Limitless: Roles for PAs Continue to Evolve

By Jennifer Bringle


Note: This story was first published in the spring 2020 edition of the Duke Physician Assistant Program alumni magazine. It was written and reported in December 2019.


When Mary Jo Bondy, DHEd, MHS, PA-C (’93), entered the Duke Physician Assistant Program, she never realized the degree she’d earn would lead to a career in academia. While working as a medical technologist in a chemistry lab on Duke’s medical center campus, she encountered a physician who saw promise in her and encouraged her to pursue the PA program. She did, and upon graduation returned to Duke to work in an orthopedic clinic. And while she had a clinical role, there was something that called her to teach, as well.

“That was because of Duke,” she says. “When I graduated from the Duke PA program in 1993, I reached out to them and said I was going to be working at Duke and would be happy to take part in clinical education, teaching, exams or giving lectures on orthopedic medicine. And they invited me back to be part of the history-taking and physical exam faculty.”

From there, Bondy worked in several clinical and educational roles, eventually moving to Maryland and entering academics full-time in 2003. In recent years she has served as assistant dean of graduate academic programs and executive director of the Physician Assistant Leadership Learning Academy at the University of Maryland, Baltimore, and in December 2019 she was named CEO of the Physician Assistant Education Association (PAEA)—the first PA to take on the role.

“This for me is the pinnacle—I never expected to be given this opportunity, and being the first PA to hold the role as CEO at PAEA is a tremendous honor,” she says. “It’s wonderful to see nonprofit executive leadership as one of the opportunities available to PAs.”

‘You can plan your own career’

Bondy’s experience isn’t atypical. In today’s PA field, the opportunities for diverse career paths and leadership roles continue to evolve. From strictly clinical jobs to academia and hybrid roles that allow PAs to pursue multiple interests, the possibilities for a rich, multifaceted career are seemingly limitless.

According to the American Academy of PAs, today’s PAs practice in a variety of settings, with more than half working in an outpatient clinic and 36.5 percent working in hospitals. And PAs work in a variety of specialties, with the highest percentage—28.8 percent—laboring in the “other” category, which includes health care specialties such as psychiatry, hospice and palliative care, obstetrics and gynecology, addiction medicine, pain management, public health and dermatology. That category is followed closely in representation by surgical subspecialties, with 27.4 percent of PAs in that field.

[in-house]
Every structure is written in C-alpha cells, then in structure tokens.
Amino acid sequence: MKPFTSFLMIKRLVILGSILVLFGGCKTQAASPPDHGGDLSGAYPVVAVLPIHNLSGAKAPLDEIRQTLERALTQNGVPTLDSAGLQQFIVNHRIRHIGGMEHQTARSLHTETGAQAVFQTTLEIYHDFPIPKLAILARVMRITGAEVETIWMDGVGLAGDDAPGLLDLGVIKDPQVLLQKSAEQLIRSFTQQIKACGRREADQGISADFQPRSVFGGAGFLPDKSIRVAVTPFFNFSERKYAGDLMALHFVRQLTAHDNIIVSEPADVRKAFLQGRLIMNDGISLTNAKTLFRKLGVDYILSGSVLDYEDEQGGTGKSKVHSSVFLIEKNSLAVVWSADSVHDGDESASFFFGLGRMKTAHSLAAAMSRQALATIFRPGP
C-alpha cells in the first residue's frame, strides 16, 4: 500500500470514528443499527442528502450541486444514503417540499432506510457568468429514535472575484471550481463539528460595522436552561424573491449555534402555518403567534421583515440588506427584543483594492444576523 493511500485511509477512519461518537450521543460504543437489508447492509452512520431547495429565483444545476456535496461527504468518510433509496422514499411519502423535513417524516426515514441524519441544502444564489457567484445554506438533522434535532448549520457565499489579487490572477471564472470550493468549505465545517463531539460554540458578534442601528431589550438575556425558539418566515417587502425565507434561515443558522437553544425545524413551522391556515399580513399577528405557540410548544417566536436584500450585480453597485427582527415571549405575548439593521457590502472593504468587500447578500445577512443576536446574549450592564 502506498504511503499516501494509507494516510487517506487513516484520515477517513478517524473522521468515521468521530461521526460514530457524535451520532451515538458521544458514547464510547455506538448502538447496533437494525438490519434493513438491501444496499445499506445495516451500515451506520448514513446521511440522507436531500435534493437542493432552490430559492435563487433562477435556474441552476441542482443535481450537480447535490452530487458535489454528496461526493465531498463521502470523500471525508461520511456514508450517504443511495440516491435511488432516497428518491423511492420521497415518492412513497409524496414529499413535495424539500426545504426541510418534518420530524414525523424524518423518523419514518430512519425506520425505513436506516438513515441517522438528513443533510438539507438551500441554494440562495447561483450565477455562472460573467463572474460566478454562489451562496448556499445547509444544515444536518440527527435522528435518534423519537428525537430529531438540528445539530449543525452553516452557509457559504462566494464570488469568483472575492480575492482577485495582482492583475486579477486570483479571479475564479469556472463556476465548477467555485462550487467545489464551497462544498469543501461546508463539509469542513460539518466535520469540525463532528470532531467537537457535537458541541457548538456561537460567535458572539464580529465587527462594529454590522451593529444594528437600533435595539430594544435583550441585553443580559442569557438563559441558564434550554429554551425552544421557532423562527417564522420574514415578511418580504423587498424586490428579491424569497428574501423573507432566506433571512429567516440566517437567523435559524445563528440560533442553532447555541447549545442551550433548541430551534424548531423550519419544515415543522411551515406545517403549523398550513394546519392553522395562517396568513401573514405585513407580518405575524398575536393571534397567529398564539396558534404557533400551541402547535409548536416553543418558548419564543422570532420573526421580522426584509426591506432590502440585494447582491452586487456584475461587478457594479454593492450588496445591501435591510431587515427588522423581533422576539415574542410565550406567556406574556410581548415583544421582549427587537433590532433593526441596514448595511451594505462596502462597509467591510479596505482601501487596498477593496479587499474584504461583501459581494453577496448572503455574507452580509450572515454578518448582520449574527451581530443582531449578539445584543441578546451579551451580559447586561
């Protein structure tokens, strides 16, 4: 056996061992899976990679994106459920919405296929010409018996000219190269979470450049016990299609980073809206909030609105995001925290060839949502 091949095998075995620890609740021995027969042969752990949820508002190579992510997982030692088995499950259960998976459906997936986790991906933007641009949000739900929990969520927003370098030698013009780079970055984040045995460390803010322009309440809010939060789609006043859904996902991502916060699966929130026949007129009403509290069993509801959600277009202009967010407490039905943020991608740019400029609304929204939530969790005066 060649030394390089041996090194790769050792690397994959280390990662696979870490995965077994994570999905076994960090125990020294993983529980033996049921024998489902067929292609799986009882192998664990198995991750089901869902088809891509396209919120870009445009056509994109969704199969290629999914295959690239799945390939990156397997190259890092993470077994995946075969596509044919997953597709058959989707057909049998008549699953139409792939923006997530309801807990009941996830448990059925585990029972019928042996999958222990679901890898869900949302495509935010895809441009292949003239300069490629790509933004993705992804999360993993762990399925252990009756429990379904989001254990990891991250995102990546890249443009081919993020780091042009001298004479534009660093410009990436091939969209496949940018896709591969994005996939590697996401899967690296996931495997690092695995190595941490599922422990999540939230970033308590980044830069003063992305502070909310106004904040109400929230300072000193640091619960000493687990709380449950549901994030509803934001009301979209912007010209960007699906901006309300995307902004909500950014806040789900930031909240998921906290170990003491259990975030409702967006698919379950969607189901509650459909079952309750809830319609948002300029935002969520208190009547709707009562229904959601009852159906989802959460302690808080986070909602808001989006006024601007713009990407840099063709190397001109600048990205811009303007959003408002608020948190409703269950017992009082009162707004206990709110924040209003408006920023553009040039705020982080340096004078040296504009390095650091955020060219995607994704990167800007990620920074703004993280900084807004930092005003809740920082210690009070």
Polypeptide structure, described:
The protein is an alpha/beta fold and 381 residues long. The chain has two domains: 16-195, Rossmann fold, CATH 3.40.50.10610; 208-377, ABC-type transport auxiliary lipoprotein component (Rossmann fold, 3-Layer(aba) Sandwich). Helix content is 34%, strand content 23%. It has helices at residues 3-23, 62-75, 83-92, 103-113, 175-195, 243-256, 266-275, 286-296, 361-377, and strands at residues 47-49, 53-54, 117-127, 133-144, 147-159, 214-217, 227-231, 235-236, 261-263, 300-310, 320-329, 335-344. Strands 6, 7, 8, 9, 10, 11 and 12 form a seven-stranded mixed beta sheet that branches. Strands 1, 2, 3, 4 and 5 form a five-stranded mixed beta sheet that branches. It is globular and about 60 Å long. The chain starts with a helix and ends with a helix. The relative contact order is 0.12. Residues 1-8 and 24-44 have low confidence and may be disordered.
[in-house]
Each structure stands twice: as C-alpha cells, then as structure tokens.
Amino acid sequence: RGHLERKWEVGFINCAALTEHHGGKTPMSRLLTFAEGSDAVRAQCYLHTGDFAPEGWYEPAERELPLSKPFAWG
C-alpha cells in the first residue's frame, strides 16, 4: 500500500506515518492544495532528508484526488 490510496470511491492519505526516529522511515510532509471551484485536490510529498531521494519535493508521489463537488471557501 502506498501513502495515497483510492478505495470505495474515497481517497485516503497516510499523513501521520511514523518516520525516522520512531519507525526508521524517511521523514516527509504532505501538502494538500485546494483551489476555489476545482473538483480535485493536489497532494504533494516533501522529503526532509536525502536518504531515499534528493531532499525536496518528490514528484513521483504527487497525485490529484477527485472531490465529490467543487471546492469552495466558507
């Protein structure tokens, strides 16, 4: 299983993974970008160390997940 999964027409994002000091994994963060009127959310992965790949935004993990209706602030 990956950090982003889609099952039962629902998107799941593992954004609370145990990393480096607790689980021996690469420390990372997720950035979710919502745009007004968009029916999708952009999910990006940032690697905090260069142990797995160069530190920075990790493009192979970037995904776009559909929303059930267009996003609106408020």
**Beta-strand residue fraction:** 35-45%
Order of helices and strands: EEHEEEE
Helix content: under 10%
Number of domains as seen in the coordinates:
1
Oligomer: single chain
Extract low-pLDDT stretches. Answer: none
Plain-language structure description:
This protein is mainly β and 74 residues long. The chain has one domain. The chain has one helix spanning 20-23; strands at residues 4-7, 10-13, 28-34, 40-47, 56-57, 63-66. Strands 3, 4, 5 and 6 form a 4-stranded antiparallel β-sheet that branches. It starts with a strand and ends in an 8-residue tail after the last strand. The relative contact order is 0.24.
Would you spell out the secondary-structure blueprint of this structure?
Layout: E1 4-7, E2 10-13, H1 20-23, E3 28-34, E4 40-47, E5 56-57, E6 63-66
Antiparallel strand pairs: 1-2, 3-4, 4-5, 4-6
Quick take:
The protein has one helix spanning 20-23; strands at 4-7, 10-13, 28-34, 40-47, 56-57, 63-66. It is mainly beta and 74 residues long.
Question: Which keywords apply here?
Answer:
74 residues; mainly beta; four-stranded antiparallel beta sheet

Graduates of Duke’s PA program—the first in the nation and the birthplace of the profession with its first graduating class in 1967—prove particularly qualified to pursue the breadth of career opportunities available in the field. And that’s not only based on the level of the curriculum, but also the chance students get to interact with diverse groups in a range of medical settings while at Duke.

Captain Ulgen Fideli, MSPH, MHS, PA-C ('04)

That’s how Captain Ulgen Fideli, MSPH, MHS, PA-C (’04), found her way into the Office of the Assistant Secretary for Health (OASH) in the U.S. Department of Health and Human Services. While a student in the Duke PA program, she met fellow students who were entering service with the U.S. Public Health Service (USPHS) Commissioned Corps. Inspired by their service, Captain Fideli began her career as a neurology PA at Walter Reed National Military Medical Center at Bethesda, Md., and began researching careers that would also utilize her public health experience. She eventually joined the USPHS Commissioned Corps where she serves as a PA and public health scientist and is now serving in the OASH at the Commission Corps headquarters (CCHQ).

The Commissioned Corps is one of the seven uniformed services and is the only service solely committed to protecting, promoting and advancing the health and safety of the nation. Commissioned Corps officers serve throughout the nation in communities that are most in need by providing essential health care services to underserved and vulnerable populations. In addition, officers often serve on the front lines in public health emergency and crisis situations.

“I could not only use my clinical skills, but I could also use my public health skills,” Fideli says. “We are called upon to help with disasters, and I see those as humanitarian missions.”

While Fideli has been on the front lines herself—responding to the medical needs of those affected by natural disasters such as hurricanes, tornadoes and floods—as Chief of Personnel and Career Management she now coordinates those responders and ensures they have the tools they need to deal with emergencies. That ability to grow and advance is part of what drew Fideli not only to public health, but to the PA field, as well.